The passing of former New York Mayor Ed Koch (shown) on February 1 brings to mind one of the most controversial things he ever did as a Democrat in the heart of American liberalism. In 1985, the three-term (January 1, 1978 - December 31, 1989) mayor wrote an essay defending the death penalty. He even had the temerity to declare, "Life is indeed precious and I believe the death penalty helps to affirm that fact."
Though it outraged liberals and "progressives" among the nation's esteemed "intelligentsia," Koch's essay reflected the convictions of most Americans, then as now, as opinion polls have consistently shown a substantial majority in favor of the death penalty. Yet the issue has been hotly debated for decades, based on claims concerning the morality of a state-imposed sentence of death. In June 1972 the U.S. Supreme Court, in Furman v. Georgia, found the death penalty to be unconstitutional when sentences are handed down and executions are carried out in ways that are arbitrary or influenced by racial bias. The decision resulted in a de facto ban on executions nationwide, pending further word from the Court. They were resumed in 1976 under guidelines meant to provide greater consistency and eliminate racial discrimination in capital cases.
In broader terms, however, arguments have often centered on the issue of deterrence. Death penalty defenders have argued that the electric chair, the gas chamber, the hangman's noose, or lethal injection deterred people from killing others. Opponents argue the possibility of facing the death sentence has no deterrent effect on those who kill in crimes of passion or those who believe they won't get caught. One argument that defies refutation is that whomever else it may or may not deter, capital punishment surely deters the killer who has been caught, duly tried, and executed. That one will not kill again. Death penalty opponents argue, however, that we can achieve that goal just as well with sentences of life without parole.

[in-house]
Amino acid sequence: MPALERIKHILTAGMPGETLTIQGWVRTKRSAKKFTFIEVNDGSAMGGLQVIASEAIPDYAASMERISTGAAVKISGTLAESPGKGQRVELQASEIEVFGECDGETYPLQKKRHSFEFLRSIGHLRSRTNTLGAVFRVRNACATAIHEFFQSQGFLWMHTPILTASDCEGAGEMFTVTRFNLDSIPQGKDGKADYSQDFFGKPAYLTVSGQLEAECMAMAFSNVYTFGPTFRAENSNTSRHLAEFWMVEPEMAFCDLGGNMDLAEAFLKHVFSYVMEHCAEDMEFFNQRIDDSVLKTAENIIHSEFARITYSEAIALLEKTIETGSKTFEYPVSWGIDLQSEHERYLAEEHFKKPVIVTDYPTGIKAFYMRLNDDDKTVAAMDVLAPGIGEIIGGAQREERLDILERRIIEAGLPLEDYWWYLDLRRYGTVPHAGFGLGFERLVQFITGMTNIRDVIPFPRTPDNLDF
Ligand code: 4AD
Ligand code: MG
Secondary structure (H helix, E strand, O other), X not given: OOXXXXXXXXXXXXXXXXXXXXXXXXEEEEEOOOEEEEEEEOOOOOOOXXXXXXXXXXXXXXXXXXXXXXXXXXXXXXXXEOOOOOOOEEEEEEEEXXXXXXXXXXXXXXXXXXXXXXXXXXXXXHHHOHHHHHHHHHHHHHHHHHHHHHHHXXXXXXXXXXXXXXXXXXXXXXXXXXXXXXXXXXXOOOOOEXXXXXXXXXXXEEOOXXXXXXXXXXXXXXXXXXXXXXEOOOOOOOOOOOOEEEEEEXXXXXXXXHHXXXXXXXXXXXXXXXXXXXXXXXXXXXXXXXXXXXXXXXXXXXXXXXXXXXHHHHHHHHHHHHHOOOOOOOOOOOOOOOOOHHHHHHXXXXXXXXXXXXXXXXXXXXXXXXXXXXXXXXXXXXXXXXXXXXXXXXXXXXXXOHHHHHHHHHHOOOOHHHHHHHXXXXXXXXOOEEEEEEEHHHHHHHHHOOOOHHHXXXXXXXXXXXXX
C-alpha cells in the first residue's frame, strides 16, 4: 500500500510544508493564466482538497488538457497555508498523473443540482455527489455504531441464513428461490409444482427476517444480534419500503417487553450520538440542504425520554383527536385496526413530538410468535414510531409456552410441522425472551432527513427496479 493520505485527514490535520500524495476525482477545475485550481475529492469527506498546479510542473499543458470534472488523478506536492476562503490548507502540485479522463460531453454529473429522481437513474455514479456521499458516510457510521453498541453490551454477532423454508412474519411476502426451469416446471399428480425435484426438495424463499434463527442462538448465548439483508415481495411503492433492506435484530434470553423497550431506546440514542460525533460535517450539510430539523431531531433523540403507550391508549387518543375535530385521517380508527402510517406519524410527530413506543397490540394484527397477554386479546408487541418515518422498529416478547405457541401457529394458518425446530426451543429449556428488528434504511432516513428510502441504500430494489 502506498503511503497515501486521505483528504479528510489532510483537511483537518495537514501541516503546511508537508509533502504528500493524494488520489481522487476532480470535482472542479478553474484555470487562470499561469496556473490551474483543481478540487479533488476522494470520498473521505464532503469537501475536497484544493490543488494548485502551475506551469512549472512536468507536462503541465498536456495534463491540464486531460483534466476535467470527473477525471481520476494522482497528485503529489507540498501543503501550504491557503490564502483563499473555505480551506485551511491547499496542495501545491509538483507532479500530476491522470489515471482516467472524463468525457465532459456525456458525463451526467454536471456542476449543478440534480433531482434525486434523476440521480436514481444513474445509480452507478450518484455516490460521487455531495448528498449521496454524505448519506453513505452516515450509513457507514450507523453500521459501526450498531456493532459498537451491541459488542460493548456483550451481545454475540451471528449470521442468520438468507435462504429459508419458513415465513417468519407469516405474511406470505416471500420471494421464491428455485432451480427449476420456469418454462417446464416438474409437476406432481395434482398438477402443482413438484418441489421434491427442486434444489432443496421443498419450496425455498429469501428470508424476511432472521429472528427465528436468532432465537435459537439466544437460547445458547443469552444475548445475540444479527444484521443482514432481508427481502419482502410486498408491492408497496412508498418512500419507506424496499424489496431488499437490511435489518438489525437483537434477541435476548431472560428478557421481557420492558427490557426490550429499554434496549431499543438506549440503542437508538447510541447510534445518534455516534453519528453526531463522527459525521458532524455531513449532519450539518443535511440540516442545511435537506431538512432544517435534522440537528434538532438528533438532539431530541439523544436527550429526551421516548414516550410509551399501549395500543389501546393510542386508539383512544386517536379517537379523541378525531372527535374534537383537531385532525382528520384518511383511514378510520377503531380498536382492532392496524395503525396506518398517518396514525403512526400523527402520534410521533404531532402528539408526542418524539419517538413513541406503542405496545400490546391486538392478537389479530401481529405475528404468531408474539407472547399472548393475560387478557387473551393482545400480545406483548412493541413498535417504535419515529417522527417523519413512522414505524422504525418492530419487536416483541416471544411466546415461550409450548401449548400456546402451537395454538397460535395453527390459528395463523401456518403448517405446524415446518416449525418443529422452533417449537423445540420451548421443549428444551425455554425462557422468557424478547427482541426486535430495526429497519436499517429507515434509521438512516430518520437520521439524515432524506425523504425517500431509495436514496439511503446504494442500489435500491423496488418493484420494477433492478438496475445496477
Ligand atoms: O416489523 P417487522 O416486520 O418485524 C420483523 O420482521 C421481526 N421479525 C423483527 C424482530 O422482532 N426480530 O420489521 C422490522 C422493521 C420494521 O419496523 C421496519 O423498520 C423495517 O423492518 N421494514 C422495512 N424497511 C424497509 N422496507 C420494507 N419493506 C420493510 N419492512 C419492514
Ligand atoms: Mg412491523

Koch, writing at the time the electric chair was either still in use or within recent memory, cited the example of a man who boasted of being undeterred because the death penalty was not in force. "Consider the tragic death of Rosa Velez, who happened to be home when a man named Luis Vera burglarized her apartment in Brooklyn," Koch wrote. Vera admitted he shot and killed the woman. "She knew me, and I knew I wouldn't go to the chair," he later admitted.
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Photo of Ed Koch: AP Images